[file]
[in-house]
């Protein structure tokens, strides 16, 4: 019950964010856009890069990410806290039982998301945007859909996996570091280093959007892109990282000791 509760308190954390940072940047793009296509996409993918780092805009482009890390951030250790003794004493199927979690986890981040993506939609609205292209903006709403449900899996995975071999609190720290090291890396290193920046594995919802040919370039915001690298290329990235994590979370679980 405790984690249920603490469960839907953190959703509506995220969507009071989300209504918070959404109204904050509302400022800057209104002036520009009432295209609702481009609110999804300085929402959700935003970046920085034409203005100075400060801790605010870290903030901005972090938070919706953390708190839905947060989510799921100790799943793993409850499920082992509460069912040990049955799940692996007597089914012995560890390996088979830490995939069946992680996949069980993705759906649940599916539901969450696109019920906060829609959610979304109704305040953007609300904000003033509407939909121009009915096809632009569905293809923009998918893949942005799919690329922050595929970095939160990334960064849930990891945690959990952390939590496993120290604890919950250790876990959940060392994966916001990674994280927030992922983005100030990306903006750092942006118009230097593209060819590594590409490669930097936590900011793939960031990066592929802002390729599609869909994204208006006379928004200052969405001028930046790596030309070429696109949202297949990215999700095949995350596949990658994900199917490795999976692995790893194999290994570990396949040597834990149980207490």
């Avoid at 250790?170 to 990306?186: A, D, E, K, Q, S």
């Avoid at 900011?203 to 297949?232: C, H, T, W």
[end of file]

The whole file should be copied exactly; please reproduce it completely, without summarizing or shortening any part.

[in-house]
């Protein structure tokens, strides 16, 4: 019950964010856009890069990410806290039982998301945007859909996996570091280093959007892109990282000791 509760308190954390940072940047793009296509996409993918780092805009482009890390951030250790003794004493199927979690986890981040993506939609609205292209903006709403449900899996995975071999609190720290090291890396290193920046594995919802040919370039915001690298290329990235994590979370679980 405790984690249920603490469960839907953190959703509506995220969507009071989300209504918070959404109204904050509302400022800057209104002036520009009432295209609702481009609110999804300085929402959700935003970046920085034409203005100075400060801790605010870290903030901005972090938070919706953390708190839905947060989510799921100790799943793993409850499920082992509460069912040990049955799940692996007597089914012995560890390996088979830490995939069946992680996949069980993705759906649940599916539901969450696109019920906060829609959610979304109704305040953007609300904000003033509407939909121009009915096809632009569905293809923009998918893949942005799919690329922050595929970095939160990334960064849930990891945690959990952390939590496993120290604890919950250790876990959940060392994966916001990674994280927030992922983005100030990306903006750092942006118009230097593209060819590594590409490669930097936590900011793939960031990066592929802002390729599609869909994204208006006379928004200052969405001028930046790596030309070429696109949202297949990215999700095949995350596949990658994900199917490795999976692995790893194999290994570990396949040597834990149980207490």
């Avoid at 250790?170 to 990306?186: A, D, E, K, Q, S």
């Avoid at 900011?203 to 297949?232: C, H, T, W």